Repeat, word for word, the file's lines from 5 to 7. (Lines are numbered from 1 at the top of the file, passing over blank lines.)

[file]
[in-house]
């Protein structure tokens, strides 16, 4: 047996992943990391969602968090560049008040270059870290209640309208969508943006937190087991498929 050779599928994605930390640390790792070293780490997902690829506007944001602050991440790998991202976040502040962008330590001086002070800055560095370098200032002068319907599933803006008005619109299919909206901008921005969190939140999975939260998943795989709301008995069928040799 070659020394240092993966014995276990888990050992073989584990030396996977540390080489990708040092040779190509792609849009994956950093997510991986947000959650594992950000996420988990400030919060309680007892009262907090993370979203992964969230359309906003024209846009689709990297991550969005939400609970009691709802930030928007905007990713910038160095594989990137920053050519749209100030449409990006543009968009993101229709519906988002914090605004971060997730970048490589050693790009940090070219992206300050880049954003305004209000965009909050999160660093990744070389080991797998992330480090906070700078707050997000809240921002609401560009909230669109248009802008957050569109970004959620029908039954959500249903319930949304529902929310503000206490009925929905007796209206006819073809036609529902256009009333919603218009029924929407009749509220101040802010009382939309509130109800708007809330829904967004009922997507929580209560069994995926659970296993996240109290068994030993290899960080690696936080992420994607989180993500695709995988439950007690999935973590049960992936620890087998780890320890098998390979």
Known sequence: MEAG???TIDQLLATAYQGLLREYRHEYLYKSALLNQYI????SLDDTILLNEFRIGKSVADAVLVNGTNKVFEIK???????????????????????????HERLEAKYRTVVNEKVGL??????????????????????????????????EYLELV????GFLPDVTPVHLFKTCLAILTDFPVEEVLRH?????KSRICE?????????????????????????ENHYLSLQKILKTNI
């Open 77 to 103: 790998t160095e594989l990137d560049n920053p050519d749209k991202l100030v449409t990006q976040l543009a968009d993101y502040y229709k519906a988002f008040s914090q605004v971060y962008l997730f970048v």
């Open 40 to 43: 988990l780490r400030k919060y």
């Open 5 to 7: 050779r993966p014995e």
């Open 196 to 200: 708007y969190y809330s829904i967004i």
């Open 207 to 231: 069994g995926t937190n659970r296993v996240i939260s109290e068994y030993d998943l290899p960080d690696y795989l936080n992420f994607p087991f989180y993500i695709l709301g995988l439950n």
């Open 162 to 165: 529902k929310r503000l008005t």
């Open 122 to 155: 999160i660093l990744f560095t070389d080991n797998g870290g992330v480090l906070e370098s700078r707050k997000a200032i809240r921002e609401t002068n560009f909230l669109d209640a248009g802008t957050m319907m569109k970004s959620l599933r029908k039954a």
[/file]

């Open 40 to 43: 988990l780490r400030k919060y």
């Open 5 to 7: 050779r993966p014995e």
């Open 196 to 200: 708007y969190y809330s829904i967004i």